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Nickel prices must rise to meet battery demand - AABC

Metal News - Published on Wed, 30 Jan 2019

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Higher nickel prices are required to incentivise supply of nickel sulphate for electric vehicle batteries, particularly given lower cobalt prices, delegates heard today at the Advanced Automotive Battery Conference in Strasbourg, France. Mr Denis Sharypin, head of market research at Russian producer Norilsk Nickel said that supply of nickel increased by 7pct last year to about 2.19 million tonne, but demand increased by 8pct to 2.33 million tonne, increasing the deficit to 147,000 tonne, from 131,000 tonne in 2017.

The battery sector accounted for 124,000 tonne of consumption last year, and while overall nickel demand is expected to increase at a compound annual growth rate of 5pct to 2025, demand from the battery sector is estimated to climb at a CAGR of 18pct over the same period.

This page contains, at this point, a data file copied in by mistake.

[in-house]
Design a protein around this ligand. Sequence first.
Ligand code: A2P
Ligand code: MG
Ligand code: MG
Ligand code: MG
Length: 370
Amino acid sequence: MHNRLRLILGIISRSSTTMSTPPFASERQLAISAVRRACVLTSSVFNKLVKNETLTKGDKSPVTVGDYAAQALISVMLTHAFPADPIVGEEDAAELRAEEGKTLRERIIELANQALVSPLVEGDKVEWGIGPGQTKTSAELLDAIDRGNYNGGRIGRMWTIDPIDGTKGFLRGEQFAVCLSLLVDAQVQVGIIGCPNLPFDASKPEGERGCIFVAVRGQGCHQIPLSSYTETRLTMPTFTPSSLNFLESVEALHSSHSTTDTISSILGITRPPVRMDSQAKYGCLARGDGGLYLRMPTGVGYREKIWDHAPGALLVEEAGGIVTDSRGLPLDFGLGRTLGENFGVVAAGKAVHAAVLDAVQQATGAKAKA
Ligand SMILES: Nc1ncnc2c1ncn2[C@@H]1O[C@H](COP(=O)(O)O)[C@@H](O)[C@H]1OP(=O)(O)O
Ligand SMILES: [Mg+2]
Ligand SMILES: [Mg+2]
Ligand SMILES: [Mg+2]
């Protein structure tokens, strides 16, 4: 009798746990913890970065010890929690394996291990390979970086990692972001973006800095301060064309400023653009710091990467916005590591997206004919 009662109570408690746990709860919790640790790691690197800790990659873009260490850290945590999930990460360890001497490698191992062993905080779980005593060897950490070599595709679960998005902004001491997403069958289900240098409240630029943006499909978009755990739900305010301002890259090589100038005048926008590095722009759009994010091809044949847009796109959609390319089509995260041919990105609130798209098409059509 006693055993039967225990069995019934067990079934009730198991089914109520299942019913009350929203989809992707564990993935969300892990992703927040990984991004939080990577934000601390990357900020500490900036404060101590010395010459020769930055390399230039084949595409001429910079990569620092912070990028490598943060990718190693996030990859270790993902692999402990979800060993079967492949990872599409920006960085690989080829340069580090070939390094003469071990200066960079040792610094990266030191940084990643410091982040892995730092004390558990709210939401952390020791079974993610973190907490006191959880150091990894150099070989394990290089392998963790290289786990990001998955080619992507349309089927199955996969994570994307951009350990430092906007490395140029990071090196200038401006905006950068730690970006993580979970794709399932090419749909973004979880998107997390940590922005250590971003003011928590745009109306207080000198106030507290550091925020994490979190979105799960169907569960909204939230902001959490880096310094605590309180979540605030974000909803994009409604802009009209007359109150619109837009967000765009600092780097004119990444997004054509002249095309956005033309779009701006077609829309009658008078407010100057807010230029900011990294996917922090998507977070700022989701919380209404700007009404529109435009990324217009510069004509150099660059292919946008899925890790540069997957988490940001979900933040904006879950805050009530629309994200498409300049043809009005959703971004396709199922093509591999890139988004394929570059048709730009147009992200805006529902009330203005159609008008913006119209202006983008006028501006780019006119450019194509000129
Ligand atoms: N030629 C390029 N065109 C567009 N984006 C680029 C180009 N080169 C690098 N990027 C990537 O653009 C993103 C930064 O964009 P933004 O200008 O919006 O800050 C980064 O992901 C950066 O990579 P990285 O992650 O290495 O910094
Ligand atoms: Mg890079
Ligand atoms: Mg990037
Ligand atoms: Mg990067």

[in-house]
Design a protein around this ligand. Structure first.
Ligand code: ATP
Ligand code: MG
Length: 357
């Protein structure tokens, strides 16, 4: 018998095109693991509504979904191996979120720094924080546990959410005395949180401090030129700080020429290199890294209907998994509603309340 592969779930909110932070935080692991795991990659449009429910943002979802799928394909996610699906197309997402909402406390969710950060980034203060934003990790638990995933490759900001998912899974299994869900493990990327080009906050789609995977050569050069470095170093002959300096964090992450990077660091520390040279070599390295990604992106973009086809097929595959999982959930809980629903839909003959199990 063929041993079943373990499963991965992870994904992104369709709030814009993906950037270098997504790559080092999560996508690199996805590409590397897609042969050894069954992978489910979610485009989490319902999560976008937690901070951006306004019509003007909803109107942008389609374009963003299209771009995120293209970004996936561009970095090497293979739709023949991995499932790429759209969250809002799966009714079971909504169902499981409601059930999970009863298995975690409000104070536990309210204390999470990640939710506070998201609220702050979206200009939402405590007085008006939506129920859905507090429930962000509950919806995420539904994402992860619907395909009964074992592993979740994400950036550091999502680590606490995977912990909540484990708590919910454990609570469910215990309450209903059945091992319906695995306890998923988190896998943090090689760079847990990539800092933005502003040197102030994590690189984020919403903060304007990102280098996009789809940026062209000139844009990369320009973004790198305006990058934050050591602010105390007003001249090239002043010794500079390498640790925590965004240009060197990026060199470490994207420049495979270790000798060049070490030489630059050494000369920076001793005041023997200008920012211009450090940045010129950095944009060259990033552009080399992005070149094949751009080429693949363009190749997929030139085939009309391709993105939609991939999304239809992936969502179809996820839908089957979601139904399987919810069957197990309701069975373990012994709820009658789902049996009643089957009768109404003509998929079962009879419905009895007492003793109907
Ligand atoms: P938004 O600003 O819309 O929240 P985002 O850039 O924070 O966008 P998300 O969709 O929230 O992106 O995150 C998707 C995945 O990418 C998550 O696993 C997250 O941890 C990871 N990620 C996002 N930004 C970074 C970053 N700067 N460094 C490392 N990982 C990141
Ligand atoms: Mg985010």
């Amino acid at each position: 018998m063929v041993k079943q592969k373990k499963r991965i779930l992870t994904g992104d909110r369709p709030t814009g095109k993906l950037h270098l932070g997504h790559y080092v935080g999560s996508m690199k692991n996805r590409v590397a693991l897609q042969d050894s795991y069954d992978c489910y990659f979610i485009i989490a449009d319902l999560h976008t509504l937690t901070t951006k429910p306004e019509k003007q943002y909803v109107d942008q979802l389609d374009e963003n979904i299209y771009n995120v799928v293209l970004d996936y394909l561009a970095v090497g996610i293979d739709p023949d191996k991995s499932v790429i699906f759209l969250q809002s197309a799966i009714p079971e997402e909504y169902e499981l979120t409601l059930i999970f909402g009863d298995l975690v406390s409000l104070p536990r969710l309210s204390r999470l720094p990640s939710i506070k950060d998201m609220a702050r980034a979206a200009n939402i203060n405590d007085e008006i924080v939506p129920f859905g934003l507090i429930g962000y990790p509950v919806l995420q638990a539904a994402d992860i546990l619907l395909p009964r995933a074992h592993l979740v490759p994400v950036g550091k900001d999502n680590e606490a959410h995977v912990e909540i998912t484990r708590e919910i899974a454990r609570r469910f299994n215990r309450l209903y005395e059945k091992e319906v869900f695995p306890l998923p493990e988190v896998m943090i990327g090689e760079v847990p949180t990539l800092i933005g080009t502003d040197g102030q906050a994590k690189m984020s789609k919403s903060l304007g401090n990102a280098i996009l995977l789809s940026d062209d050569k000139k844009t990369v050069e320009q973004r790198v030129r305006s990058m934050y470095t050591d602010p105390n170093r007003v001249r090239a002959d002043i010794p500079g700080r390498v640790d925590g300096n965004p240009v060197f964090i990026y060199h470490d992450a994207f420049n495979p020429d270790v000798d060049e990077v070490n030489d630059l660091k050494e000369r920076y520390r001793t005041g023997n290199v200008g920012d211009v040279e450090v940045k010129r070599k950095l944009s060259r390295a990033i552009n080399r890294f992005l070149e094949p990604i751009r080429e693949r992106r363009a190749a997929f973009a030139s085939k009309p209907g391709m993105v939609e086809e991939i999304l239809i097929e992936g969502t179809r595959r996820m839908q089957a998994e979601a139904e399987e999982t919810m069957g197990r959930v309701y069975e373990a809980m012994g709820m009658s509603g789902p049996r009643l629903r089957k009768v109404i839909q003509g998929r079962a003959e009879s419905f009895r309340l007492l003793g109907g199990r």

But there are concerns about the availability of class 1 nickel, which is required for the production of nickel sulphate used in battery chemicals. Around 70pc of nickel output is used in stainless steel production, which is still growing. And around 60pc of nickel is produced from laterite rather than sulphide ores.

Mr Sharypin said that the nickel market will remain in deficit in the coming years, and Indonesia is likely to reinstate a full ban on exports of nickel ore from 2022, further reducing supply.

Ms Anne Oxley, technical director at project developer Brazilian Nickel said that "For the nickel industry to supply the demand that's definitely coming, the nickel price needs to be much higher. Major miners are not looking to expand nickel production. The nickel is there in the ground but the question is whether it will come out in time."

There have been large spikes in nickel prices in the past. The market reached USD 50,000 per tonne in 2007, but has since fallen to USD 10,000 per tonne, which has reduced investment interest in new projects. Cobalt is typically a by-product of nickel production and the recent fall in cobalt prices to around USD 20/lb from USD 44/lb has further reduced the incentive to bring new capacity into operation.

But with the nickel supply deficit expected to increase in the coming years, "it could easily go to USD 50,000 per tonne again," Oxley said. "[Annual demand for] stainless steel is still growing by at least 4pc. Even without the boom in EVs there's still likely to be a shortage of nickel. It will take a lot of projects at least 10 years to get to production."

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Posted By : Rabi Wangkhem on Wed, 30 Jan 2019
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